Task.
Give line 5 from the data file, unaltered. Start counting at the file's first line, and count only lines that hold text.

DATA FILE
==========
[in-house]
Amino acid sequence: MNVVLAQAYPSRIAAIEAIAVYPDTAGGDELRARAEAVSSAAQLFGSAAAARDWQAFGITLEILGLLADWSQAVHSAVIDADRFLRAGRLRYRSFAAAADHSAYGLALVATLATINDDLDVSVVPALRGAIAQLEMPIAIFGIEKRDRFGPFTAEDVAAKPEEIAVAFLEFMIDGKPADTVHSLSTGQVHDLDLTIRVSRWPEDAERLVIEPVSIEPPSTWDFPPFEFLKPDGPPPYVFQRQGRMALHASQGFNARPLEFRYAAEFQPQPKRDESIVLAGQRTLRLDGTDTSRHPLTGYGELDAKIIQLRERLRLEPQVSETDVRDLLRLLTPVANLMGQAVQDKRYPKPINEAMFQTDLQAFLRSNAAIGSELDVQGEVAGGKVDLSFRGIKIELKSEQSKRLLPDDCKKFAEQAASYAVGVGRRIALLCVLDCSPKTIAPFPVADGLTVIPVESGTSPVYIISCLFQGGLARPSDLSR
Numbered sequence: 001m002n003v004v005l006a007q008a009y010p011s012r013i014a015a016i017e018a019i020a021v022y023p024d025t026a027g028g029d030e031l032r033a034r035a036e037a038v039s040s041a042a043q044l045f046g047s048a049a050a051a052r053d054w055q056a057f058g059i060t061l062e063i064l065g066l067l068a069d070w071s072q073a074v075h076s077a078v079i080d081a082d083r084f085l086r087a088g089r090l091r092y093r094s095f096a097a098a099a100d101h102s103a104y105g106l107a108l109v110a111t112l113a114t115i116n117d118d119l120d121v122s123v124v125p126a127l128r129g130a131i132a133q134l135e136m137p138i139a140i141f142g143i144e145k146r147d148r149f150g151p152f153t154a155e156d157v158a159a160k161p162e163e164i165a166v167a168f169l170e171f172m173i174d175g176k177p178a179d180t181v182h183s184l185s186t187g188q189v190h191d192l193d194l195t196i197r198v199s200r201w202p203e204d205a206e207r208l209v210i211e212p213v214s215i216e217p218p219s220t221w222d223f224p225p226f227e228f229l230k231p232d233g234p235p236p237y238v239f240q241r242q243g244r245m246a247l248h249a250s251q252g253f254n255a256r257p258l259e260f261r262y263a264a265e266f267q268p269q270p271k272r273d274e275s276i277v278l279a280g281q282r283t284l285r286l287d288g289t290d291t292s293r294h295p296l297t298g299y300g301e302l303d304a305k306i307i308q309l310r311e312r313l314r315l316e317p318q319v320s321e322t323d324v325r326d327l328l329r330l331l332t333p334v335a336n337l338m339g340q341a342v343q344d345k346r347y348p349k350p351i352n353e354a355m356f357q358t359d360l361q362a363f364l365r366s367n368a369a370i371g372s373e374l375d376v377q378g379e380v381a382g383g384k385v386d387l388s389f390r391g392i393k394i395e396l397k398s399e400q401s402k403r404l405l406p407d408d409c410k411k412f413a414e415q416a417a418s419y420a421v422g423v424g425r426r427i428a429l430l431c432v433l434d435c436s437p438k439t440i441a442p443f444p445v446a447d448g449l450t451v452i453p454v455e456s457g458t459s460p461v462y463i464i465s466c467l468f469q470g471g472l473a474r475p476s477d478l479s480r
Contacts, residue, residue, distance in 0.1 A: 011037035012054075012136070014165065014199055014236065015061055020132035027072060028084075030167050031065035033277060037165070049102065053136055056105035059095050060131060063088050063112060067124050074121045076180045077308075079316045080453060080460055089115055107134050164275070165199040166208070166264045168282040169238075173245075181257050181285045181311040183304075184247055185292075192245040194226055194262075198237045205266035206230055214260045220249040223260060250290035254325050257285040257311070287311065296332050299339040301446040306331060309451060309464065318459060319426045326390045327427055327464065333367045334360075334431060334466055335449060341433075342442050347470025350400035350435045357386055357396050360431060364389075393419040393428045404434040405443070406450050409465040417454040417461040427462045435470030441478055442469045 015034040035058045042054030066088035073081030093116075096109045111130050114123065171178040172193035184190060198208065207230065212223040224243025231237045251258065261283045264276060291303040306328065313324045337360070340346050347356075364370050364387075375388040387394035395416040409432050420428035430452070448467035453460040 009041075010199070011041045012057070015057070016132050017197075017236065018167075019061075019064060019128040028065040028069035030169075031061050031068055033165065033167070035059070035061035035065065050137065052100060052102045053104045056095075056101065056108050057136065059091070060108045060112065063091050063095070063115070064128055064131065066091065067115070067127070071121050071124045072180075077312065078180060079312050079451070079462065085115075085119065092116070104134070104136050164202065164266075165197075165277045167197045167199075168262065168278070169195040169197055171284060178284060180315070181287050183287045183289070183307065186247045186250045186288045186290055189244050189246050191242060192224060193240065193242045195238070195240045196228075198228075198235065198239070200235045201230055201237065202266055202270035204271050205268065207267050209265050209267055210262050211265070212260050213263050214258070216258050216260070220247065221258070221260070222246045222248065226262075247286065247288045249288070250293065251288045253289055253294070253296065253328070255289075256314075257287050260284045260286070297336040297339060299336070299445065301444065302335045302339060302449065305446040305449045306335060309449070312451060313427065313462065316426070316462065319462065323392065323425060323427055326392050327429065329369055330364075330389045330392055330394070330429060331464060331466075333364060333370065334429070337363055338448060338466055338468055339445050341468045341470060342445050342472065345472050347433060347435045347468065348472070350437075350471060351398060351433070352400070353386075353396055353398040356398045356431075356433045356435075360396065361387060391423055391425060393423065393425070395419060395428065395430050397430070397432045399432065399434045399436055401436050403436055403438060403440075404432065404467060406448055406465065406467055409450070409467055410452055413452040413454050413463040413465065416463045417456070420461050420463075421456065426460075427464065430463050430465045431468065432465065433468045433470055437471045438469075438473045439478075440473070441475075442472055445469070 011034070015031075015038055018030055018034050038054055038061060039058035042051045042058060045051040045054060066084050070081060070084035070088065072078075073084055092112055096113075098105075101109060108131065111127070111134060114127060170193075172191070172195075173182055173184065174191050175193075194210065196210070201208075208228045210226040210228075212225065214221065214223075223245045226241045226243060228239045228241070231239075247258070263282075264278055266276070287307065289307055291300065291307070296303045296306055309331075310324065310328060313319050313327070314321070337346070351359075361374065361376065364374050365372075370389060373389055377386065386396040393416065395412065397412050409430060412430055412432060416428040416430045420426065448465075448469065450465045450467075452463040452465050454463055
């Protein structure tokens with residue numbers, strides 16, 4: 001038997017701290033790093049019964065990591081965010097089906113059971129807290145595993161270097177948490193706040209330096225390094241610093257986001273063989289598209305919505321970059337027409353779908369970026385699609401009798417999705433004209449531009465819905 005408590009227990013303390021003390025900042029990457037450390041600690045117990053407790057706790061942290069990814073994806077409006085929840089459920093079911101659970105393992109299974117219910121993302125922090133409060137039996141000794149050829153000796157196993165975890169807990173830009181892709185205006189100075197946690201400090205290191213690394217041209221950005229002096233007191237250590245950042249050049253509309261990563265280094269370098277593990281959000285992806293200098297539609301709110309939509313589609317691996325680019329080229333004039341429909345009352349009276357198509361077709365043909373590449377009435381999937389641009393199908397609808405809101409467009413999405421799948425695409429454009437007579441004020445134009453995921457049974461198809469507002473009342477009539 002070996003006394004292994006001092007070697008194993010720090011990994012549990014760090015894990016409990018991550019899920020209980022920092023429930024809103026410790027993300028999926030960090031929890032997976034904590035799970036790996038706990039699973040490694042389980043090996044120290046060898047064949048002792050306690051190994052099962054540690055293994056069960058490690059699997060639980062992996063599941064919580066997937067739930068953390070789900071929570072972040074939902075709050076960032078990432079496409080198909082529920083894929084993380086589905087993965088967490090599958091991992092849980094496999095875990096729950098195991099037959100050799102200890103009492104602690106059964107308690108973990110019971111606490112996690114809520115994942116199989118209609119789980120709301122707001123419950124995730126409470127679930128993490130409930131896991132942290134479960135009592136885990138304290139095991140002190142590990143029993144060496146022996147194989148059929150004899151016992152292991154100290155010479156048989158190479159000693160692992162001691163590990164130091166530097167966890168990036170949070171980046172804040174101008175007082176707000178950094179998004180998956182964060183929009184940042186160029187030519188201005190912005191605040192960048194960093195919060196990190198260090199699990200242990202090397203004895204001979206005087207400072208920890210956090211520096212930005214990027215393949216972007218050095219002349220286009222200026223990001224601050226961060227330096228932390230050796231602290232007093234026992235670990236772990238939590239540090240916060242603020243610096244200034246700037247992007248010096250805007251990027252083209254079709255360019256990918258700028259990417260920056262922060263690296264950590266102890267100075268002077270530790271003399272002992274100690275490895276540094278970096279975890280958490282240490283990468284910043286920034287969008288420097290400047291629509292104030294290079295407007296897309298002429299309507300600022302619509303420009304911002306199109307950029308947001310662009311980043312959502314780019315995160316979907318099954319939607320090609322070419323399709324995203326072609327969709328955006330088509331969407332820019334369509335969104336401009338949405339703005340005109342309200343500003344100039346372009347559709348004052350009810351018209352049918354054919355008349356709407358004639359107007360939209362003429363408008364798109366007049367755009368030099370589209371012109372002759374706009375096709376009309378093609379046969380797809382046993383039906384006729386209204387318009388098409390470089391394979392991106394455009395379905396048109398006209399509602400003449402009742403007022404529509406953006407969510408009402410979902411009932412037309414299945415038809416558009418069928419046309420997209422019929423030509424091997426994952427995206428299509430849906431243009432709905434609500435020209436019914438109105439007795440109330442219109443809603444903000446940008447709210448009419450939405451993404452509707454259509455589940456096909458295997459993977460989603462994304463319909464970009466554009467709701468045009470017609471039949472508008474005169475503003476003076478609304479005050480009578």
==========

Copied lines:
């Protein structure tokens with residue numbers, strides 16, 4: 001038997017701290033790093049019964065990591081965010097089906113059971129807290145595993161270097177948490193706040209330096225390094241610093257986001273063989289598209305919505321970059337027409353779908369970026385699609401009798417999705433004209449531009465819905 005408590009227990013303390021003390025900042029990457037450390041600690045117990053407790057706790061942290069990814073994806077409006085929840089459920093079911101659970105393992109299974117219910121993302125922090133409060137039996141000794149050829153000796157196993165975890169807990173830009181892709185205006189100075197946690201400090205290191213690394217041209221950005229002096233007191237250590245950042249050049253509309261990563265280094269370098277593990281959000285992806293200098297539609301709110309939509313589609317691996325680019329080229333004039341429909345009352349009276357198509361077709365043909373590449377009435381999937389641009393199908397609808405809101409467009413999405421799948425695409429454009437007579441004020445134009453995921457049974461198809469507002473009342477009539 002070996003006394004292994006001092007070697008194993010720090011990994012549990014760090015894990016409990018991550019899920020209980022920092023429930024809103026410790027993300028999926030960090031929890032997976034904590035799970036790996038706990039699973040490694042389980043090996044120290046060898047064949048002792050306690051190994052099962054540690055293994056069960058490690059699997060639980062992996063599941064919580066997937067739930068953390070789900071929570072972040074939902075709050076960032078990432079496409080198909082529920083894929084993380086589905087993965088967490090599958091991992092849980094496999095875990096729950098195991099037959100050799102200890103009492104602690106059964107308690108973990110019971111606490112996690114809520115994942116199989118209609119789980120709301122707001123419950124995730126409470127679930128993490130409930131896991132942290134479960135009592136885990138304290139095991140002190142590990143029993144060496146022996147194989148059929150004899151016992152292991154100290155010479156048989158190479159000693160692992162001691163590990164130091166530097167966890168990036170949070171980046172804040174101008175007082176707000178950094179998004180998956182964060183929009184940042186160029187030519188201005190912005191605040192960048194960093195919060196990190198260090199699990200242990202090397203004895204001979206005087207400072208920890210956090211520096212930005214990027215393949216972007218050095219002349220286009222200026223990001224601050226961060227330096228932390230050796231602290232007093234026992235670990236772990238939590239540090240916060242603020243610096244200034246700037247992007248010096250805007251990027252083209254079709255360019256990918258700028259990417260920056262922060263690296264950590266102890267100075268002077270530790271003399272002992274100690275490895276540094278970096279975890280958490282240490283990468284910043286920034287969008288420097290400047291629509292104030294290079295407007296897309298002429299309507300600022302619509303420009304911002306199109307950029308947001310662009311980043312959502314780019315995160316979907318099954319939607320090609322070419323399709324995203326072609327969709328955006330088509331969407332820019334369509335969104336401009338949405339703005340005109342309200343500003344100039346372009347559709348004052350009810351018209352049918354054919355008349356709407358004639359107007360939209362003429363408008364798109366007049367755009368030099370589209371012109372002759374706009375096709376009309378093609379046969380797809382046993383039906384006729386209204387318009388098409390470089391394979392991106394455009395379905396048109398006209399509602400003449402009742403007022404529509406953006407969510408009402410979902411009932412037309414299945415038809416558009418069928419046309420997209422019929423030509424091997426994952427995206428299509430849906431243009432709905434609500435020209436019914438109105439007795440109330442219109443809603444903000446940008447709210448009419450939405451993404452509707454259509455589940456096909458295997459993977460989603462994304463319909464970009466554009467709701468045009470017609471039949472508008474005169475503003476003076478609304479005050480009578």